A PLAY depicting the stories of seven women who bravely fought for the well-being of women, families, and children will be performed in Dunfermline next month. 

Making Rights Real, a Scottish grassroots human rights organisation, will be bringing the human rights play, SEVEN, to the Carnegie Hall on Saturday, September 9, for two moving performances. 

A riveting piece of documentary theatre, SEVEN tells a range of stories, from protecting women from domestic violence in Russia and rescuing girls from human trafficking in Cambodia, to promoting peace in Northern Ireland.

The play has been seen by over 25,000 people in 32 countries and has been translated into 20 languages but September’s performance marks the first public performance of the play in Scotland.

All of the performers are Scottish women living in West Fife or across the Central Belt. 

Inez McCormack, the Northern Irish trade unionist and peace campaigner, is one of the women featured in the play.

Her daughter, Anne McCormack, lives in Kinross and is an activist herself, as chair of the charity and foodbank provider, Broke Not Broken.

Anne, who is volunteering to support this project, said: “Being part of this production of SEVEN is so important to me for lots of reasons. Seeing activists supporting each other and starting to see their worth is amazing. To see the glint in their eyes, to quote my mum.

“Part of the legacy she wanted for those she left behind was to continue to be ‘effectively annoying’.

"Personally, I find the annoying bit pretty easy, but to bring lots of activists together to amplify the voices of Scottish women feels like it will be incredibly effective.”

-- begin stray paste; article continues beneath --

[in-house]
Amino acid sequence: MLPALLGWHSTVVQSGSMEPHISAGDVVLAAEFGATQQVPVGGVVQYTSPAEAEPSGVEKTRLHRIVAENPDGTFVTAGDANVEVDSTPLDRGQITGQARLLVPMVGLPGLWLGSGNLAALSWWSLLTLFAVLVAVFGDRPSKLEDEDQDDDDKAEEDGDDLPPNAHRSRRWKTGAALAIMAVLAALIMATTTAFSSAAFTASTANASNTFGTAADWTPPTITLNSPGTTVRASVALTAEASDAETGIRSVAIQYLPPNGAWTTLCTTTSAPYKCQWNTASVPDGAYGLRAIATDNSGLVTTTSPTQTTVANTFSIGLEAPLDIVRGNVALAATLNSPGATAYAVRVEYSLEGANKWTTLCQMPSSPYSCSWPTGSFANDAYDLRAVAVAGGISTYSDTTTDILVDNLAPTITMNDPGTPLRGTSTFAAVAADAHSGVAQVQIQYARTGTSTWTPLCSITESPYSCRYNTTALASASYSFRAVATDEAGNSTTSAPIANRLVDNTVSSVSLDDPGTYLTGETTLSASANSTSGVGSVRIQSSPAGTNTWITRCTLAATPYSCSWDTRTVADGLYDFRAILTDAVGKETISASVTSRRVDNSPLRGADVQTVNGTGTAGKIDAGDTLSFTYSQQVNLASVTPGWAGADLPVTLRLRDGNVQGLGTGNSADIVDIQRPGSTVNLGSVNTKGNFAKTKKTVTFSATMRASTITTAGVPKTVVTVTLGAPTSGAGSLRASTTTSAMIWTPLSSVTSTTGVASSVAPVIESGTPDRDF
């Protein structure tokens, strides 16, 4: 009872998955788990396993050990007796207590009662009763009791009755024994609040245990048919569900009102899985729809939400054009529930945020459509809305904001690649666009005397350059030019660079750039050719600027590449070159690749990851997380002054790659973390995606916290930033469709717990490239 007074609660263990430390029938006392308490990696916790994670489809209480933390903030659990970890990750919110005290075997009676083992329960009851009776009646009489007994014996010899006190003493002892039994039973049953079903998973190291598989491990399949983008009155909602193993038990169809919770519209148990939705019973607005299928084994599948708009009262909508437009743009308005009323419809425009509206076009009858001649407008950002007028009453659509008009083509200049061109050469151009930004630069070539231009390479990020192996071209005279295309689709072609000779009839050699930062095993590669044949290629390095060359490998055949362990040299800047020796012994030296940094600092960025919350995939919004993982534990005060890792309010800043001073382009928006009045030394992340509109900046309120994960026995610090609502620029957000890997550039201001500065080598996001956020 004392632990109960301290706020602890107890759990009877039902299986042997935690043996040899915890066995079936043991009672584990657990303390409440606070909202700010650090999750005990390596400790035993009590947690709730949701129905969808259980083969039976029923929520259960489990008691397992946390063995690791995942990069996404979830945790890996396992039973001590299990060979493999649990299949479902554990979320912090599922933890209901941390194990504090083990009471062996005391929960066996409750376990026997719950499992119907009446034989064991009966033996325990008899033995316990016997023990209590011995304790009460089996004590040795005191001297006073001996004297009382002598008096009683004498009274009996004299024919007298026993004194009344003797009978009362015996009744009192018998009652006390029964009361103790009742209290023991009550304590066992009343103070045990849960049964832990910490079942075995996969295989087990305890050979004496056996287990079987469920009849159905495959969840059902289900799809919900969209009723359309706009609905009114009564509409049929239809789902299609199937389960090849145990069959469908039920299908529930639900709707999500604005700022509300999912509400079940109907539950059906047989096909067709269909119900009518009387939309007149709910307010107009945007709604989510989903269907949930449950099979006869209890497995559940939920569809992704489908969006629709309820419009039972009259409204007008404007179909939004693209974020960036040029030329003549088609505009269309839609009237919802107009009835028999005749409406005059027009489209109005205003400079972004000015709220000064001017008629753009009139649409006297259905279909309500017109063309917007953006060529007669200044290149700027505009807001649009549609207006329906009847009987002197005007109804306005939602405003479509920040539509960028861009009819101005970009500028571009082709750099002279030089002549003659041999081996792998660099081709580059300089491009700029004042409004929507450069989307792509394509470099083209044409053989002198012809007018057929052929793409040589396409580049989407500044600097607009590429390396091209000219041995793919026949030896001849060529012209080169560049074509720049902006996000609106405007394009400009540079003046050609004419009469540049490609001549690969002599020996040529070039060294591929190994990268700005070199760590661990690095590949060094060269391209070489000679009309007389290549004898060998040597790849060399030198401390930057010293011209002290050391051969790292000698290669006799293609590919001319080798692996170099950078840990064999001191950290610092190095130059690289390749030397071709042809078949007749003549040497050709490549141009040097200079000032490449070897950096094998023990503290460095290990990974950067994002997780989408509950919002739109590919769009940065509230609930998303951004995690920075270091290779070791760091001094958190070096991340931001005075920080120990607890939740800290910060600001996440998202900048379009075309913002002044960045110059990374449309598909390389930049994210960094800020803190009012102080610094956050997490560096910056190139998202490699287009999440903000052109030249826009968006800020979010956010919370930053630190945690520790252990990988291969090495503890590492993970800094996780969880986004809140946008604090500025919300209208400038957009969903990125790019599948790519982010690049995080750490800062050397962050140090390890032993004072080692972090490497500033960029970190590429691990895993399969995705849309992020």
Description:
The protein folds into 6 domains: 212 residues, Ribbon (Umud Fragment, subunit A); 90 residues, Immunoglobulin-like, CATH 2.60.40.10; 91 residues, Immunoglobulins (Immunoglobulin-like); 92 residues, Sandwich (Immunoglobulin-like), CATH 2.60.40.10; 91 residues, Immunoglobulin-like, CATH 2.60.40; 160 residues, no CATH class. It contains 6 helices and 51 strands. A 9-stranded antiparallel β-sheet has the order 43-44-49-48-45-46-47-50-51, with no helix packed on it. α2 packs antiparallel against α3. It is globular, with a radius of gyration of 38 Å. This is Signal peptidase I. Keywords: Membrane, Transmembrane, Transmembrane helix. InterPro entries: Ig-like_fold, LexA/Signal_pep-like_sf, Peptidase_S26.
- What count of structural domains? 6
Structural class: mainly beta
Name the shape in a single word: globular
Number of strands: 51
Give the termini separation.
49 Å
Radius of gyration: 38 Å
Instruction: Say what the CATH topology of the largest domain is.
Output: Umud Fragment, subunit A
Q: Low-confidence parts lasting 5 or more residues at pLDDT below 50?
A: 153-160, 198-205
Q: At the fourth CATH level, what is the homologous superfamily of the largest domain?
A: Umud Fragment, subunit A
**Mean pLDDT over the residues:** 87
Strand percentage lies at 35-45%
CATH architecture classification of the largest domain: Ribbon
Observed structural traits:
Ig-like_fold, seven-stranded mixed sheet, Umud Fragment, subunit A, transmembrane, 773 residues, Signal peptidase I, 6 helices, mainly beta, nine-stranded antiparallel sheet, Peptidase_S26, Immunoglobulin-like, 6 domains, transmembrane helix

Rehearsals have been taking place in Inverkeithing and Glasgow since August 2022.

All members of the cast are women who are human rights activists in their own communities. Most have never acted before and range in age from 25 to 70 years old

Through rehearsing and performing SEVEN, Director Suzi Morrice, who lives in Limekilns, has used the language of human rights to talk about naming and claiming real rights. Women experiencing human rights violations are usually excluded from naming and claiming their human rights.

Lorraine Barrie, from Making Rights Real, added: “We are incredibly excited to bring SEVEN to Dunfermline for both a matinee and evening performance on September 9.

“We don’t want cost to be a barrier to anyone who wishes to come. Concession price tickets are available and we have a small budget to reimburse public transport and childcare costs for audience members - just ask the box office at time of booking.”

To book your tickets, visit the OnFife website.